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World Internet Conference: Tech industry must speak out against Chinese authorities’ cyber security

    November 15, 2016
    •        Global tech leaders to attend World Internet Conference, Wuzhen, China 16 – 18 November.
    •        Amnesty International’s experts on online censorship and privacy in China and the new Cyber Security Law available for interview from Hong Kong.

    Leaders from the tech industry gathering in Wuzhen, China, this week for the third World Internet Conference, should send a clear message to the Chinese government that they are not prepared to be complicit in the widespread abuse of the rights to freedom of expression and privacy.

    The conference comes a week after China’s legislature rubber-stamped a draconian new Cyber Security Law which would require any tech company operating in China to undertake unprecedented levels of censorship and pass on personal information to the authorities with insufficient safeguards to protect freedom of expression and the right to privacy.

    “Tech companies attending the World Internet Conference must have the courage to speak out against the new Cyber Security Law. This draconian law codifies abusive practices and takes censorship to a level not previously seen in China,” said Patrick Poon, China researcher at Amnesty International.

    “The law poses a real threat to the global and open nature of the internet. Companies considering operating under such terms would become de-facto surveillance agents of the authorities, and in doing-so place individuals legitimately exercising their rights at risk.”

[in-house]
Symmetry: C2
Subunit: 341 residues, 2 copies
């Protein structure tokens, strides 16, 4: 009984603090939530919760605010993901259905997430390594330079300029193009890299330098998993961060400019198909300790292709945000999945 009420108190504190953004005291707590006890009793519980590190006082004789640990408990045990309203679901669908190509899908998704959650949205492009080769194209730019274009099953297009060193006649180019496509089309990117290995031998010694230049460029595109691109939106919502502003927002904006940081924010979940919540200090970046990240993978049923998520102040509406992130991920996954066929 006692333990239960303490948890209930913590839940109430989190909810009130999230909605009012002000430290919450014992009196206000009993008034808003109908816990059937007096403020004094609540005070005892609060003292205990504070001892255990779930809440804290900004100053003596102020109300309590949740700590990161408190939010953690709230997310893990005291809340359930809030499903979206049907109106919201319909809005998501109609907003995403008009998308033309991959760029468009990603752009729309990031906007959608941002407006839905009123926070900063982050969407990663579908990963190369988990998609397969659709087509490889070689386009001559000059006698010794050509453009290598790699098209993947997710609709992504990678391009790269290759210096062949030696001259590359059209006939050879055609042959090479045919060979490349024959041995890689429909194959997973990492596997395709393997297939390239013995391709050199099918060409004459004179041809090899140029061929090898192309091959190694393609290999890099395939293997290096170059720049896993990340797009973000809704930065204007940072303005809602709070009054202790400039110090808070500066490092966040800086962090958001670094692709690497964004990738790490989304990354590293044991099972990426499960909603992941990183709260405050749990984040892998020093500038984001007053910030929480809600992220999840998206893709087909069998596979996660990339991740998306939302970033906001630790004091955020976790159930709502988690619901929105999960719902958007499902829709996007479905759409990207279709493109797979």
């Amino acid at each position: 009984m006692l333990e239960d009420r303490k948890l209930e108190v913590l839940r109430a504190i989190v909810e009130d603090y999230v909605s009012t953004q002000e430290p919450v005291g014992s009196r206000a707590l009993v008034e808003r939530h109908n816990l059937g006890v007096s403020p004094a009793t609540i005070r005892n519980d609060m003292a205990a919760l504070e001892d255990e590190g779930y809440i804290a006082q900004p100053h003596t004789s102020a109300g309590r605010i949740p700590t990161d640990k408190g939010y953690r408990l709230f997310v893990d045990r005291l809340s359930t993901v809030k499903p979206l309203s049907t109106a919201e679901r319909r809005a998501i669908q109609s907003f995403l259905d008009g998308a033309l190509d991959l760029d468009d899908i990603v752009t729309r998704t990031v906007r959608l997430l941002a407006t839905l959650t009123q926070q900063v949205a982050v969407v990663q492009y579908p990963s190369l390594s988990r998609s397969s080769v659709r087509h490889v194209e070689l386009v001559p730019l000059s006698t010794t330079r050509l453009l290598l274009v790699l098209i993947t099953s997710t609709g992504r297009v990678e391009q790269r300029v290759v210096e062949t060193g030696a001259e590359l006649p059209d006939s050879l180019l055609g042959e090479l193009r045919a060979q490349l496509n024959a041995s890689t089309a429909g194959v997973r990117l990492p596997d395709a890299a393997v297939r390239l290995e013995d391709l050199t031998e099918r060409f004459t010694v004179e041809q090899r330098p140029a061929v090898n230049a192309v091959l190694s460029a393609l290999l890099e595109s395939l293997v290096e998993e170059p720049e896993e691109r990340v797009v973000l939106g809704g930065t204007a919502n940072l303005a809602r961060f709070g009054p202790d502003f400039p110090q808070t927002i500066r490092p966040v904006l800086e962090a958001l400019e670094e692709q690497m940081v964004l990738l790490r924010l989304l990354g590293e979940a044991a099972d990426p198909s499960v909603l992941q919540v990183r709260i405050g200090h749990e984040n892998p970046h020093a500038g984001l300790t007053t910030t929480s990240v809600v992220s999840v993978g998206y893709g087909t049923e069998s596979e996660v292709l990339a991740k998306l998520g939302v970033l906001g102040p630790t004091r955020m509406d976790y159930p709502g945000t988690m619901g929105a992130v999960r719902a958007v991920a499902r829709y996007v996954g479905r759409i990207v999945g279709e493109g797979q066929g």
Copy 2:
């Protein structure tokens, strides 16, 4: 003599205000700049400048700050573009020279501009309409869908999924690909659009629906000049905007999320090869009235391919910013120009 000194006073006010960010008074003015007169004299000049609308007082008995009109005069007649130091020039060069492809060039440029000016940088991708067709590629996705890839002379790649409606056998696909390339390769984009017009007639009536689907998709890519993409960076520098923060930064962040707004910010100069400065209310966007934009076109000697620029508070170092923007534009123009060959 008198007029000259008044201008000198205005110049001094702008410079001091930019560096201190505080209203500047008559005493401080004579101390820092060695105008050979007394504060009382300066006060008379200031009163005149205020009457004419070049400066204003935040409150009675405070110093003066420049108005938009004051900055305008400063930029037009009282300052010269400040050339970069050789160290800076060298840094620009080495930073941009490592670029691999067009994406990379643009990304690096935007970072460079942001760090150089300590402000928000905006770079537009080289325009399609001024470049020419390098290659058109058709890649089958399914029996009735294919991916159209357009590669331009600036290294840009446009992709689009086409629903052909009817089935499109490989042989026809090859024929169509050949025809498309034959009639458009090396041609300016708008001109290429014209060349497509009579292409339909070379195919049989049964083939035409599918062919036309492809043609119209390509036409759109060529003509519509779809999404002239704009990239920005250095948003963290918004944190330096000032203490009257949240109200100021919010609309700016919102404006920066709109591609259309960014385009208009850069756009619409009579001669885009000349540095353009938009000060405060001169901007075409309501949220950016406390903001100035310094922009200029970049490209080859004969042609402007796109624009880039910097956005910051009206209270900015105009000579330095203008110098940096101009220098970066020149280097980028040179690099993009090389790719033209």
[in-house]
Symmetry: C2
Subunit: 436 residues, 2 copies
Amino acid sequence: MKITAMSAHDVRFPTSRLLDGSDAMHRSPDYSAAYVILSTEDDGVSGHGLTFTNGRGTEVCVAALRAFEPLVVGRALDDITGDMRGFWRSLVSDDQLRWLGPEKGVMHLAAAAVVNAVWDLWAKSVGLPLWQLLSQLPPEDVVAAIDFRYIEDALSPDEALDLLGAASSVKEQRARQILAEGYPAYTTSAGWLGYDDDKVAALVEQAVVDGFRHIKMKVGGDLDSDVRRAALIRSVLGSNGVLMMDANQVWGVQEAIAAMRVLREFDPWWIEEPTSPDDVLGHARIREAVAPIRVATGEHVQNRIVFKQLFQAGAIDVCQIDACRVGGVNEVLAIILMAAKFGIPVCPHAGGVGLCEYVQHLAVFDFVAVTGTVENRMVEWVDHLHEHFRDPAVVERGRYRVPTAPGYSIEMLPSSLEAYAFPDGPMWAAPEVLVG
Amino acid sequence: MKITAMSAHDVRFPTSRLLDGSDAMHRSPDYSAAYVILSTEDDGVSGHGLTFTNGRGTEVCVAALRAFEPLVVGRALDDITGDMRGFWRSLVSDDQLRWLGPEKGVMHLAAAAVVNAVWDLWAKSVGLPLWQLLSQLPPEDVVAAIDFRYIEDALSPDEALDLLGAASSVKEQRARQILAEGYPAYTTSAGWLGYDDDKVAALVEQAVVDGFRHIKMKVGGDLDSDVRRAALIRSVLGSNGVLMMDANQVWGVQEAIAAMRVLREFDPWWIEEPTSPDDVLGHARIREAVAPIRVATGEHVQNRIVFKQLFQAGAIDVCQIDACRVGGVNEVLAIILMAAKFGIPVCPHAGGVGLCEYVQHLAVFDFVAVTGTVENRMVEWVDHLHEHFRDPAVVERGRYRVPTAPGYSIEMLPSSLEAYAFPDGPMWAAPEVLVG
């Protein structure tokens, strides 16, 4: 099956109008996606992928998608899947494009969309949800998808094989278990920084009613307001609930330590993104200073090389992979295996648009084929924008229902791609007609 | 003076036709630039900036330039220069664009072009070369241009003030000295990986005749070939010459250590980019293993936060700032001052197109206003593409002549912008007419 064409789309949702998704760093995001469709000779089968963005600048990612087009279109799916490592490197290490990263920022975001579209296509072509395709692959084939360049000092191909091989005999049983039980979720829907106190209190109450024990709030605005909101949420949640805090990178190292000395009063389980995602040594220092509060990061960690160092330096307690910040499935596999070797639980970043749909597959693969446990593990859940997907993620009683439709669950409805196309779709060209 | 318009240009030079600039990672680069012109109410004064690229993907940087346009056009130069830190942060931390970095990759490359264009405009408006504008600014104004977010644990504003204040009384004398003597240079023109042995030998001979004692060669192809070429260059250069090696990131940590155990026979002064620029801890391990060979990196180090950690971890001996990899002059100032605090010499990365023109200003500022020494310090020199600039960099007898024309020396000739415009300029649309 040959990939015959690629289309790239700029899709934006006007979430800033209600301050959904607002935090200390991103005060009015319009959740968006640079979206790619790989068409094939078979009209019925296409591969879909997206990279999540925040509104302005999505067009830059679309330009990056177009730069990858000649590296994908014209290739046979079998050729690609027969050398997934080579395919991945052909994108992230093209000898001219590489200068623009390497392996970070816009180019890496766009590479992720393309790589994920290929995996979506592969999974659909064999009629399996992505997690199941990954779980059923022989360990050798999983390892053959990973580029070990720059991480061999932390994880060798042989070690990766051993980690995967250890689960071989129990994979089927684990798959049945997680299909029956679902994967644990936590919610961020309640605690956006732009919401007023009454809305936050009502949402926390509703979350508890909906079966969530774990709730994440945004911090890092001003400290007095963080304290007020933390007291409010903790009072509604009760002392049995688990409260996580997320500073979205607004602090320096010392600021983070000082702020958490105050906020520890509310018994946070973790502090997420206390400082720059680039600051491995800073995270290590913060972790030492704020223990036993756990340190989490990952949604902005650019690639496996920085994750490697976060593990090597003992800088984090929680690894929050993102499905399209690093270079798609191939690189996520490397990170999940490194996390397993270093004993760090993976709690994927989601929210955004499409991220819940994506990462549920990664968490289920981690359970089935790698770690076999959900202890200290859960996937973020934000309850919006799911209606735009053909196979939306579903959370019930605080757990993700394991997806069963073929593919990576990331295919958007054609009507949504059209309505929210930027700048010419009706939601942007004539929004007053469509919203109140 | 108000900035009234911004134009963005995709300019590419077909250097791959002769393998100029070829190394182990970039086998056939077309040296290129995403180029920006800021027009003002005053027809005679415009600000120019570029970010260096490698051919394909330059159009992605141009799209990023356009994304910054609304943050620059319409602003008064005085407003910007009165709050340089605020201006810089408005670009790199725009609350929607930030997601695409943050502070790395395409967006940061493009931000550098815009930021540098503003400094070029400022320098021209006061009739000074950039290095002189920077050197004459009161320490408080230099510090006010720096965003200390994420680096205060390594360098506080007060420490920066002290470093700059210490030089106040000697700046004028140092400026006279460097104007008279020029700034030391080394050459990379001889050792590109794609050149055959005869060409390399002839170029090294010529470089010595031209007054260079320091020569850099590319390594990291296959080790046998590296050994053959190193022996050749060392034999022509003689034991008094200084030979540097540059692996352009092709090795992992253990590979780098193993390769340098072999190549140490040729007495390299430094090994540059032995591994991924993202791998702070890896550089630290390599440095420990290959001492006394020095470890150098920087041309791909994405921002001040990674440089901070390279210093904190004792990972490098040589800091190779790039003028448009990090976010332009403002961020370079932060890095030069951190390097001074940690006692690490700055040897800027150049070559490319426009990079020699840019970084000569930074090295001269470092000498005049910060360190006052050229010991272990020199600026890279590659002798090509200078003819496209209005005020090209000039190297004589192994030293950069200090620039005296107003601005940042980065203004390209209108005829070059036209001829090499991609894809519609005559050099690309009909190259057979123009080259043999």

Amnesty International’s analysis of the new law also finds that:

    •           Internet sovereignty as described in the new law poses a real threat to an open and global internet.
    •           Companies would be required to provide the authorities access to ‘critical infrastructure’, without sufficient safeguards.
    •           Companies face fines, suspension or termination if they don’t comply with the authorities’ requests.
    •           Companies complying with the new law would risk contributing to human rights violations, contrary to their responsibilities.

    Amnesty International’s submission to the National People’s Congress Standing Committee on a previously published draft of the cyber-security law can be found here.

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    For more media inquiries, contact Jacob Kuehn, Media Relations

    613-744-7667 ext 236 // jkuehn@amnesty.ca